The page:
MOBILE, Ala. (WKRG) — Attorneys announced a lawsuit Monday over an altercation at The Shoppes at Bel Air in which a teen was allegedly bitten by a mall security dog.
Lawyers for the teens say the three and their 20-year-old chaperone were at the mall shopping for clothes when they were handcuffed by mall security on June 22, and one was reportedly bitten by the mall’s K-9.
16-year-olds Cameron Robinson and Zion Lett, 15-year-old Rodricus Johnson, and 20-year-old Nathanial Henderson spoke alongside their lawyers at Monday’s news conference announcing the lawsuit.
“I told him they were racist and he became aggressive and slammed me on my head,” said Robinson.
His lawyers say they were just horsing around as they were getting out of the car and walking into the mall. “Officer Kestler and his K9 unit come flying around the corner, hops out of the vehicle with his hands on his gun, and shoves the boys against the wall telling them to get the f*** against the wall,” said L. Chris Stewart, one of the boy’s attorneys.
Part of the arrest was caught on camera, the video shows someone being pinned to the ground.
“He told me I could have got worse than what the dog did, like saying he could have shot me,” said Cameron, about the incident.
Lawyers for the teens say Robinson accused a security guard of racially profiling the group, and the guard slammed the teen, who was handcuffed, to the ground and ordered the K-9 to attack the teen. Robinson’s lawyers say the dog bit the teen several times.
“He forced me to the ground aggressively and the let the dog out at me,” Robinson said. “I blacked out when he slammed me to the ground.”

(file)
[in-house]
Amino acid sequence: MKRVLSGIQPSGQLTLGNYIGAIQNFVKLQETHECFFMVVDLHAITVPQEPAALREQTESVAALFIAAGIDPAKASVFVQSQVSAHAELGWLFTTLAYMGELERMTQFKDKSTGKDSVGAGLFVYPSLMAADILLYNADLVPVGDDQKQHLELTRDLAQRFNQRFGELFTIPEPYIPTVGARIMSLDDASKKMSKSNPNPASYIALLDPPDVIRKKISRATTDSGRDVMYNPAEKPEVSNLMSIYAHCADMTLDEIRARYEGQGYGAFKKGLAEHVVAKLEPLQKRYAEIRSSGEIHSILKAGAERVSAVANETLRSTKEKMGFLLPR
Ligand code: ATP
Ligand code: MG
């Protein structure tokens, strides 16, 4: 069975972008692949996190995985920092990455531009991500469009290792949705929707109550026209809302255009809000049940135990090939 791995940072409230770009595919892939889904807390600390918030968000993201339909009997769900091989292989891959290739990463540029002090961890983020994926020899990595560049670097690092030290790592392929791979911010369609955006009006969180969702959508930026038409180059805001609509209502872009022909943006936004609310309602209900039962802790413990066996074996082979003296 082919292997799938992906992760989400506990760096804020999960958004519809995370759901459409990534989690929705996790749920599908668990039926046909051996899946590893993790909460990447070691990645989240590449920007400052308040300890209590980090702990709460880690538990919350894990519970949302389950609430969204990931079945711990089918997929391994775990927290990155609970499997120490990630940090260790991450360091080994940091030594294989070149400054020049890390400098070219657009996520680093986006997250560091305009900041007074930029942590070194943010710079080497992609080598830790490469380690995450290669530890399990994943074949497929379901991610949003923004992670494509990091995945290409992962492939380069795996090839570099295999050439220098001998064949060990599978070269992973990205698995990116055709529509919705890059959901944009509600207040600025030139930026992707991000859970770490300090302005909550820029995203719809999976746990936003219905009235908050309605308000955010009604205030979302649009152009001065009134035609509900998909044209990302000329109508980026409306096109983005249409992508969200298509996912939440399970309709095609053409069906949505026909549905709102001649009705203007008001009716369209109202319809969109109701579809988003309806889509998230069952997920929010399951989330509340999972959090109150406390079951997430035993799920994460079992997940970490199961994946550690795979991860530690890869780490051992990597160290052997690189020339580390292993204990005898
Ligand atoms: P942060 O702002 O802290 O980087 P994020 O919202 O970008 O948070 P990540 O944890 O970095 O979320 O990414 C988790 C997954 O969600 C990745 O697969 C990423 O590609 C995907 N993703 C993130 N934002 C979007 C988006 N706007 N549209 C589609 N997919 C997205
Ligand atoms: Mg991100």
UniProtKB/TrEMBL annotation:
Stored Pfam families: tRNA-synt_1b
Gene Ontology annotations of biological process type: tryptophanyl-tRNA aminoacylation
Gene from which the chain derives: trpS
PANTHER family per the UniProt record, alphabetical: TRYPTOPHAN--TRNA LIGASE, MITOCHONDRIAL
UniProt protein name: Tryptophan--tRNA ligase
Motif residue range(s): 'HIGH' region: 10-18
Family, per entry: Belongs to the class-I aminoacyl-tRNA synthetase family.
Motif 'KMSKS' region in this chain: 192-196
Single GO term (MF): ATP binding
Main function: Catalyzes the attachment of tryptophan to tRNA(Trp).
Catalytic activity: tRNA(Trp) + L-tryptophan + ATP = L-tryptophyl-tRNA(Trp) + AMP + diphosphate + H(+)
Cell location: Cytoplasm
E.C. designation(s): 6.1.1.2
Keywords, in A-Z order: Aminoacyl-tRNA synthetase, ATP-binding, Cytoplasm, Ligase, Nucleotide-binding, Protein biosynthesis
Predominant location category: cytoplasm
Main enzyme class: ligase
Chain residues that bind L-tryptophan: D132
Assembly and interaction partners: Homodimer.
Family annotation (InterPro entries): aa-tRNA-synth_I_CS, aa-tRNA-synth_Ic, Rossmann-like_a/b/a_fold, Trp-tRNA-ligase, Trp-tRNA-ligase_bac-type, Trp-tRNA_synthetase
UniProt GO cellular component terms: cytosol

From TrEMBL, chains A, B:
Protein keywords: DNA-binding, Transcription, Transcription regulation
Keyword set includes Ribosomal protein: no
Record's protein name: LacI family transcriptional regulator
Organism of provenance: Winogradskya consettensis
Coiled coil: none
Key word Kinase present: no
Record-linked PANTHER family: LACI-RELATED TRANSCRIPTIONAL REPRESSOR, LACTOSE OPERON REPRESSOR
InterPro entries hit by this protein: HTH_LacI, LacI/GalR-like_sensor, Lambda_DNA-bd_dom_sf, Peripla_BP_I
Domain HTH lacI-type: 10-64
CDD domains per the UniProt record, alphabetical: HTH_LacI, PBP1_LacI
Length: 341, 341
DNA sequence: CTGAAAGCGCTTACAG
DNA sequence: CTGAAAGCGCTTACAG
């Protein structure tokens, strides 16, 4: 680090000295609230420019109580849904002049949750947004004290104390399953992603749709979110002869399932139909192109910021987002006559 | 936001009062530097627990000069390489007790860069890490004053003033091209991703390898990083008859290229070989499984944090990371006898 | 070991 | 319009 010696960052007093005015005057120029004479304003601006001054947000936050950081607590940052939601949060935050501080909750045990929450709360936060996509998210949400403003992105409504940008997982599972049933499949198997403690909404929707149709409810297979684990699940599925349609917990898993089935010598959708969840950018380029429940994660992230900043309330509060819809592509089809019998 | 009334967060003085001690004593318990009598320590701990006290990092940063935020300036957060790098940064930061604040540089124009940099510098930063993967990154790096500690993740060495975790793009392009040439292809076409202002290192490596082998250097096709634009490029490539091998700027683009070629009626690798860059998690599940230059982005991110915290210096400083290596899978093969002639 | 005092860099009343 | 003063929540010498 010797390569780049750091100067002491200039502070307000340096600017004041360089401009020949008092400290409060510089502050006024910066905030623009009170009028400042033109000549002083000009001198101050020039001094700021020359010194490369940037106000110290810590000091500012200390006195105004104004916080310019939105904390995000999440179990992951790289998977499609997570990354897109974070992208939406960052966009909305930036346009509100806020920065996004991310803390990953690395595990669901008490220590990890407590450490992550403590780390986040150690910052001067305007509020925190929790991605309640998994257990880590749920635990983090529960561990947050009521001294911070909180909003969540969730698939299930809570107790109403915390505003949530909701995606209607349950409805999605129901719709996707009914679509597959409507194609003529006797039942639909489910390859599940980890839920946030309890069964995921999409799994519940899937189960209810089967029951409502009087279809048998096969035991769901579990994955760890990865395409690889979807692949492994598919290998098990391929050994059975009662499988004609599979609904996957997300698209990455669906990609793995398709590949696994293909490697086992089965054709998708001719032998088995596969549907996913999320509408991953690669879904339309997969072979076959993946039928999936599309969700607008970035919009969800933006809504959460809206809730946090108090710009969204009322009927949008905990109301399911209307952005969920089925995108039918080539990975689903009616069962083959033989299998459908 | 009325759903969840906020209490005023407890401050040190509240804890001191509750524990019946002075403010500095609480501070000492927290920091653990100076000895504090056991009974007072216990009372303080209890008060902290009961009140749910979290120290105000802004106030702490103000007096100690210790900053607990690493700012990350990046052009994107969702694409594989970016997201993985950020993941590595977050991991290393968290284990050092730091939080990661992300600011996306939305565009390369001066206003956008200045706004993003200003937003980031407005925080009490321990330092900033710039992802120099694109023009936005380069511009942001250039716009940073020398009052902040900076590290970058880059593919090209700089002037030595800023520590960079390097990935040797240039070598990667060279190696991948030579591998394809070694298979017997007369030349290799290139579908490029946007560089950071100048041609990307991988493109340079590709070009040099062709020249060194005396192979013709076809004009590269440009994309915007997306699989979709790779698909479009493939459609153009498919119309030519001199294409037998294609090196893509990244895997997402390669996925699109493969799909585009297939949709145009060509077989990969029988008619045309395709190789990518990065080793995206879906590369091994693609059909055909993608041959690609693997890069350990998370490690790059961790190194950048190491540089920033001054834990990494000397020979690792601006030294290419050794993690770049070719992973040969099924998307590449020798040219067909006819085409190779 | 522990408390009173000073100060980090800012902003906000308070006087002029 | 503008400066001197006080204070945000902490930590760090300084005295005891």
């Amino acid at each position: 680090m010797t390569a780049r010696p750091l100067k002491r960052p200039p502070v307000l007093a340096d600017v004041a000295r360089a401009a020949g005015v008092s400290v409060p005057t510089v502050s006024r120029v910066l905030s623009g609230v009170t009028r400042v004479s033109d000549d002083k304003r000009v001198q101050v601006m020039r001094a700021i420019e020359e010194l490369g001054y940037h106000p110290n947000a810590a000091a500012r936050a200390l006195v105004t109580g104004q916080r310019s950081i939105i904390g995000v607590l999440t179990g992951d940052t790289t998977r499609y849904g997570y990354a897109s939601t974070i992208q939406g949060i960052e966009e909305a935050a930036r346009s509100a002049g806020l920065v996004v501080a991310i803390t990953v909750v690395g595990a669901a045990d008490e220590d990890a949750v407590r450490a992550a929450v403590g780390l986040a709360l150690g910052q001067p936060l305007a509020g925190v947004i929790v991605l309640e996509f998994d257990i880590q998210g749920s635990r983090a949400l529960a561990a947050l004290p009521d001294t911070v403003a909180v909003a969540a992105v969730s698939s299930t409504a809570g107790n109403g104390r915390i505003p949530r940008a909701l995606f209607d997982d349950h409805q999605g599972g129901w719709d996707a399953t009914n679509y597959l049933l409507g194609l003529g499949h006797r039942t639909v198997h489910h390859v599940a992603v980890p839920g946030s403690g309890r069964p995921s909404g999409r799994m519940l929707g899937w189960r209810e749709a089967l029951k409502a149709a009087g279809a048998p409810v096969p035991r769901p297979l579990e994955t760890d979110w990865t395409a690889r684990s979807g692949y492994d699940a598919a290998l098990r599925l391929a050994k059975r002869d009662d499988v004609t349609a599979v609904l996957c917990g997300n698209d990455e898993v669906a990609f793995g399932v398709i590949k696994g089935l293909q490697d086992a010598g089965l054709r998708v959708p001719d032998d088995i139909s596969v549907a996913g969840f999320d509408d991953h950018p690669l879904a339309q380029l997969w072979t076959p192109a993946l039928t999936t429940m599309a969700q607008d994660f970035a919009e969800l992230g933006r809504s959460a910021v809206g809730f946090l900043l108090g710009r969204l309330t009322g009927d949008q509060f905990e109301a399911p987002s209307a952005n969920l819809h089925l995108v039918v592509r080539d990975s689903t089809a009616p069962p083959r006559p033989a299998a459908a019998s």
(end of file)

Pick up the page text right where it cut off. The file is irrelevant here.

Robinson says he spent two and a half days in the hospital.
“Just to see him sitting on the curb, bleeding, looking up at me crying, saying ‘Mama, they put the dog on me, I didn’t do anything,’ it just broke my heart,” said his mother, Calandra Smith.
The attorneys are calling on the dog’s handler to be fired.
The day the incident happened, Mobile Police responded to the mall for help “breaking up a fight involving several juveniles and a 20-year-old male,” according to police.
The following is MPD’s account of what happened next:
The mall’s K-9 unit (dog) exited the vehicle and grabbed the juvenile biting him on his arm. The juvenile was then taken into custody. Once the juvenile was in handcuff he attempted to reach into his pants pocket. Officers check the juvenile’s pocket and found him in possession of marijuana. The juvenile was transported to the hospital to be treated for the bite. The 16-year-old was later transported to Strickland Youth Center and charged with (disorderly conduct, possession of marijuana 2nd and resisting arrest). Nathaniel Henderson, 20 was arrested and charged with disorderly conduct.
Henderson is Robinson’s step-brother. He explained, “I felt like I couldn’t do my job. I couldn’t protect nobody. The whole time I was asking them what we did, I’m the oldest I’m looking out for everyone.”
News 5 spoke with the K9 officer, Justin Kestler in November on the first day he and his K9, Kosmo, began patrolling.
“He’s highly trained, visual deterrent is what we’re looking for, as far as that goes,” said Kestler on November 15, 2018.
Robinson’s family and their attorneys are now demanding he is fired.
“He misused this dog, he doesn’t deserve to be working this K9,” said Stewart.
His lawyers add they don’t blame the dog for the attack. “They’re trained to stop when you say stop, they’re trained to attack when you say attack. This officer did not do that, he did not stop the dog, he commanded it to attack,” said Stewart.
The following statement is from the General Manager of The Shoppes at Bel Air:
“The safety and well-being of our guests and tenants is our top priority. We cannot comment on this incident and ask that you direct all questions to the Mobile Police Department. However, I can say that The Shoppes at Bel Air maintains a comprehensive security program that blends both visible and behind the scenes efforts. The K-9 Unit is an integral part of our security program and serves as a highly visible deterrent to crime in our center. While we are always reviewing our security procedures, we never publicly disclose our safety protocols because to do so would compromise their effectiveness.” — Thomas Richardson ,General Manager, The Shoppes at Bel Air